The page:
The Hotel Fjord was sold by the Montenegrin government in 2005 following a high-profile international tender to New Fjord Developments, a joint venture company in which Mr Fingleton is a director and has a 75pc equity share.
However, the site is now lying in ruins and the sale has come under the scrutiny of the courts there after New Fjord was placed into bankruptcy by its creditors.
The Irish Independent understands that Irish Nationwide Building Society (INBS) investigated Mr Fingleton's purchases in Montenegro but concluded they were funded from his personal resources.
Mr Fingleton had a deposit account with the society and the funds were drawn from this source, the probe concluded.
Sources said the issue of Mr Fingleton's purchases in Montenegro was not part of "live" issues passed on to Anglo Irish Bank when it took over Irish Nationwide earlier this year. During his time at INBS, Mr Fingleton held most of his accounts at the society.
There is a major dispute between Mr Fingleton and his former business partner, the Irish developer Louis Maguire, who is suing Mr Fingleton for alleged corporate negligence in relation to the Hotel Fjord deal.
The contract was signed in May 2005 after New Fjord Developments, a special purpose vehicle which is 75pc owned by Mr Fingleton and 25pc owned by Mr Maguire's United European Partners Montenegro (UEP), won the highly coveted bid.
The deal, which required a non-refundable €500,000 deposit, was funded by two subsequent wire transfers from INBS in May 2006 when Mr Fingleton was chief executive of the now nationalised lender.
The two wire transfers originated in Ireland and were cleared through AIB and a bank in Frankfurt before arriving in Crnagorska Kommercijalna Banka in Montenegro.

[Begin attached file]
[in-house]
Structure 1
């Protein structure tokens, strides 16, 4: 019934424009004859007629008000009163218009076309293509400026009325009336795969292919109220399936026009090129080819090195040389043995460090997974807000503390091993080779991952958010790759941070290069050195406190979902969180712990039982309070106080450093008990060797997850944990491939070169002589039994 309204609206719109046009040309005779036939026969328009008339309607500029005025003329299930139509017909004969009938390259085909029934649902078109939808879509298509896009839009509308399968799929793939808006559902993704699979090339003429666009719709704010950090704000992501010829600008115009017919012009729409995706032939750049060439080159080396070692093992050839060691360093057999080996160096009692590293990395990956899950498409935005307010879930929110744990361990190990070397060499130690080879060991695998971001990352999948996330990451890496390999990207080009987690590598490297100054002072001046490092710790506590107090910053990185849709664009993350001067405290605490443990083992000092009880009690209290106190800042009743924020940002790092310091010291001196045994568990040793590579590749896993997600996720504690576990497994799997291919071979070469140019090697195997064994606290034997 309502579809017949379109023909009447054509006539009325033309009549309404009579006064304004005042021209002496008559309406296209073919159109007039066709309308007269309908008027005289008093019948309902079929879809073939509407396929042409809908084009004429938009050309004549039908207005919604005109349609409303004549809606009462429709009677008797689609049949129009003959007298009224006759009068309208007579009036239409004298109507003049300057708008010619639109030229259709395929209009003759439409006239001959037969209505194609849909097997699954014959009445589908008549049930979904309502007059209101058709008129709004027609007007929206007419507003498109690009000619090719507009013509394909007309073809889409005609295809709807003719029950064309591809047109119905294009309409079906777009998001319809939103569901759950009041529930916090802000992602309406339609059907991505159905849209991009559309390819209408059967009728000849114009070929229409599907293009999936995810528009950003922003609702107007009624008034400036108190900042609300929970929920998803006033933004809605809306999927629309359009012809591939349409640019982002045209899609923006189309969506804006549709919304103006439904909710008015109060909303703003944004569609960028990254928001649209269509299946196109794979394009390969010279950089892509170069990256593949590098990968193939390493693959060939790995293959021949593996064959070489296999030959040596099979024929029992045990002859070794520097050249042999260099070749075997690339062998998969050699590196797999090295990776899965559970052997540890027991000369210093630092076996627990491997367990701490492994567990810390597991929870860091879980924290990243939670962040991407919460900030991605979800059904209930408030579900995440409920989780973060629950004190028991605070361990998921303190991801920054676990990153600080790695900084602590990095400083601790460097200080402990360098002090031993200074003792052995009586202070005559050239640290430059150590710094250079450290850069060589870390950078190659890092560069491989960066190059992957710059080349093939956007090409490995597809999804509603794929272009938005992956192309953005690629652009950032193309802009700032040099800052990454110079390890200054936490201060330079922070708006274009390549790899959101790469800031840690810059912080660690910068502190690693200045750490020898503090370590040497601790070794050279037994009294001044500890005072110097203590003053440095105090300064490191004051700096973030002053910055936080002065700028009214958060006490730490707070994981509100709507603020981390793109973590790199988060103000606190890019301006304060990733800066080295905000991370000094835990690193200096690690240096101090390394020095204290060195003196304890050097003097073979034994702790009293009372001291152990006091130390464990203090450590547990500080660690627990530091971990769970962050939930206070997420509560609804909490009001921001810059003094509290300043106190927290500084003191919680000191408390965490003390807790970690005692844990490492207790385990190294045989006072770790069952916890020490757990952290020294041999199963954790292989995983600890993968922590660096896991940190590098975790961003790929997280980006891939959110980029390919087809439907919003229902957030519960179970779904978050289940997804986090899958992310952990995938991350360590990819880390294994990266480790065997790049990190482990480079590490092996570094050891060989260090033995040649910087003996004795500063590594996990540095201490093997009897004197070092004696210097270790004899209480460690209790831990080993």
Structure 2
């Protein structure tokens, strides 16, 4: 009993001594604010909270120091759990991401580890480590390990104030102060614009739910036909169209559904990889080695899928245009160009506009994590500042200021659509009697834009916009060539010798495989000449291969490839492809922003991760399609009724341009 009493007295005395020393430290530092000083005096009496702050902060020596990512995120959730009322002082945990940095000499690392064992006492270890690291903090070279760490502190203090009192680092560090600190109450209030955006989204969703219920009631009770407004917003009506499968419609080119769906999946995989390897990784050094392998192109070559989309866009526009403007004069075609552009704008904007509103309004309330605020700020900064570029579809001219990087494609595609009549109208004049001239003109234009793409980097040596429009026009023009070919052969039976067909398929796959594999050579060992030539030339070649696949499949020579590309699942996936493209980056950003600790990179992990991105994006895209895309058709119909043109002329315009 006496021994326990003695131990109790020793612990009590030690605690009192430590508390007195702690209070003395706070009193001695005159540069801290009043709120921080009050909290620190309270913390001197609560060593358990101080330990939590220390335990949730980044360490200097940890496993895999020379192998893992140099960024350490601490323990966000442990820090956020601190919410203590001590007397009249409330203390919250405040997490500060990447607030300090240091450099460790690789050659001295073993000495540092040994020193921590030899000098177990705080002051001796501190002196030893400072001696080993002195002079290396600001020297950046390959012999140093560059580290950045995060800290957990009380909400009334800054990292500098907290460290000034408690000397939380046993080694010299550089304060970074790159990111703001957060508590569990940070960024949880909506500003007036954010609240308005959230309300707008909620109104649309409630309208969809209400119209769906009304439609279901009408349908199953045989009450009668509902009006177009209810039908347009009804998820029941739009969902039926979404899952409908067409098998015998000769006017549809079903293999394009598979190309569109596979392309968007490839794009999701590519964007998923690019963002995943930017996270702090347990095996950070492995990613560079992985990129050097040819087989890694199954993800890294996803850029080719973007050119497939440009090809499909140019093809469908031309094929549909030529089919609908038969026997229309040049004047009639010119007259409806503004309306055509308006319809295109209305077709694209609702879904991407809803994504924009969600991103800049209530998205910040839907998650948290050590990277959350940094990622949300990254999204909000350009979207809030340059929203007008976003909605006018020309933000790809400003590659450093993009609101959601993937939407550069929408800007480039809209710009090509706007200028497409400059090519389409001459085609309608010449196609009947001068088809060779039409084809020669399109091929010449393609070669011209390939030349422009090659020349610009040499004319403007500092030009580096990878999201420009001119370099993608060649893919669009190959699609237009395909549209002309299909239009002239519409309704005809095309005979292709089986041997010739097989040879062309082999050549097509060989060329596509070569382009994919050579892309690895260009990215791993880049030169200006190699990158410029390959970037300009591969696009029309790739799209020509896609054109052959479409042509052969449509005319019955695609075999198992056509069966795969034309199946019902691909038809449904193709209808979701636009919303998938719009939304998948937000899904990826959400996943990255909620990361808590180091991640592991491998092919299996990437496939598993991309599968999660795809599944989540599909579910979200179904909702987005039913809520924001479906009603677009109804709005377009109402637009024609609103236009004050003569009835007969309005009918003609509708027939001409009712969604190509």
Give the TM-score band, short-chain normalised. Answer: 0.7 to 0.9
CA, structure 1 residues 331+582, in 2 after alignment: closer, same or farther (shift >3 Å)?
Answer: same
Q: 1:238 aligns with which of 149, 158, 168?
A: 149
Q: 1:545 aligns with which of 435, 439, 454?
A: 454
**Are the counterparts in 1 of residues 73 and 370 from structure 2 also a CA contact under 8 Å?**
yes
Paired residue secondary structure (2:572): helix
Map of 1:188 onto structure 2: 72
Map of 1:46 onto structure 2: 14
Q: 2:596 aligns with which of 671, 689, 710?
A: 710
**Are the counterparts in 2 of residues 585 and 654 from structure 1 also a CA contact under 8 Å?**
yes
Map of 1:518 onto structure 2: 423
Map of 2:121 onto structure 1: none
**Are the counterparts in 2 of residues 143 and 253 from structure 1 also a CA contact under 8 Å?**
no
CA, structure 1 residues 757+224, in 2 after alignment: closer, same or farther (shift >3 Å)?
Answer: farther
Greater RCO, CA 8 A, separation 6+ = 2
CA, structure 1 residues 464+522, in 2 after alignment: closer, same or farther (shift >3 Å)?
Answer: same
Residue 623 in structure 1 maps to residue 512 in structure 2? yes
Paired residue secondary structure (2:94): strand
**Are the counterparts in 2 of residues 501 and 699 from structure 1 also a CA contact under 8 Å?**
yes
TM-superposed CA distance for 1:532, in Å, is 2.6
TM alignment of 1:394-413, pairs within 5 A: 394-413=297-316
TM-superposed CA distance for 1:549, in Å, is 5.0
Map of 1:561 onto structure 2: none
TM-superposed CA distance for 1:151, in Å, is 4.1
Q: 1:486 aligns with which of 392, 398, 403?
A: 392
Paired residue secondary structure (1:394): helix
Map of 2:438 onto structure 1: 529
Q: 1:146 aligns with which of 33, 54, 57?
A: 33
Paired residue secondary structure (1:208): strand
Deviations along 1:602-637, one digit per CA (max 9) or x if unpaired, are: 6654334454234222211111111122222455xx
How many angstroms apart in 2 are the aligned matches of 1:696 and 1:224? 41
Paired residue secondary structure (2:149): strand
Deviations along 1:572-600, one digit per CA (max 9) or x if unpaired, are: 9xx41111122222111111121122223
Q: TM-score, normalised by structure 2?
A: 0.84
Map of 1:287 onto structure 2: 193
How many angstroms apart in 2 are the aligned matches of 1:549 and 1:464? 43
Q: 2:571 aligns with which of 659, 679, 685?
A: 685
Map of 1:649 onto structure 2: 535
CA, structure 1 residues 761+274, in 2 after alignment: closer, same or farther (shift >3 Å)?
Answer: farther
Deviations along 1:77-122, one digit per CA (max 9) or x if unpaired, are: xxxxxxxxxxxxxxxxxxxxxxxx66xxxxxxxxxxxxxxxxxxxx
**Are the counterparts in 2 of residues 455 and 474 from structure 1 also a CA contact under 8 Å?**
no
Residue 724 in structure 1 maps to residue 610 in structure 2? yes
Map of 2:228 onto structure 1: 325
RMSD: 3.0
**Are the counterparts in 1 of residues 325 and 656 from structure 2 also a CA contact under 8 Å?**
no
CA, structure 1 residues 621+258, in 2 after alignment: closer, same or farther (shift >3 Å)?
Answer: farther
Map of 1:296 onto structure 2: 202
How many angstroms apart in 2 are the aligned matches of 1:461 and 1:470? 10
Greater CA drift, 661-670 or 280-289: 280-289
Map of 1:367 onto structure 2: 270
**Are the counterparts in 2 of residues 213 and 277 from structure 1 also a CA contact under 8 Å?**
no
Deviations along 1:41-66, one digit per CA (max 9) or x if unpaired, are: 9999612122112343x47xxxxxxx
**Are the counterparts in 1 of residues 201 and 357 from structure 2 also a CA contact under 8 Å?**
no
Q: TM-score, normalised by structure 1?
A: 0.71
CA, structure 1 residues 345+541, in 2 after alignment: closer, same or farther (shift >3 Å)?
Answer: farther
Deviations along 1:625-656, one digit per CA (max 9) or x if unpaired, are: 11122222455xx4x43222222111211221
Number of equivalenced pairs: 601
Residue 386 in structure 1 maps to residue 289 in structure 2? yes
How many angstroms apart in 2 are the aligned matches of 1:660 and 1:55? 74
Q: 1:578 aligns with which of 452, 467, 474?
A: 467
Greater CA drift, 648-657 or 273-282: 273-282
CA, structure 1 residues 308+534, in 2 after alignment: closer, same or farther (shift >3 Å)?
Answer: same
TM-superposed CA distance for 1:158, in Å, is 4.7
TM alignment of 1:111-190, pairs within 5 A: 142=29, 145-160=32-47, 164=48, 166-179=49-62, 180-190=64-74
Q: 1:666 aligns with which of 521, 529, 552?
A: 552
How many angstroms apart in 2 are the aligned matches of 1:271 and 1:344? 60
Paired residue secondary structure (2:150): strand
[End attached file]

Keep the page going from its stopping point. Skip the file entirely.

The first €1.5m tranche stated that the purpose of the funds was "investment of foreign capital". However the second €4m tranche, representing the balance of the €5.5m purchase price, did not state what the transfer was for.
It is understood that Mr Maguire contacted Irish Nationwide directly about the matter, but senior management there was confident any transfers led back to the personal accounts of Mr Fingleton.
Mr Fingleton, who is being sued by the UEP Group, was unavailable for comment last night.
UEP confirmed to the Irish Independent that it was involved in a series of legal actions with the former bank chief.
"We are co-operating with the authorities in Montenegro in relation to this issue and await the decision of the courts on same," Mr Maguire said.
Mr Fingleton is already under severe financial pressure as he tries to meet a €13.6m bill from Ulster Bank.
It got a court order against Mr Fingleton last November after he was unable to repay loans given to purchase a property holding in Cavan.
The bank has since registered judgments over all of Mr Fingleton's properties in Ireland.
The bank said in November it was also concerned over Mr Fingleton's apparent decision to give over his ownership in the Fingleton family home in Shankill, Co Dublin, to his wife.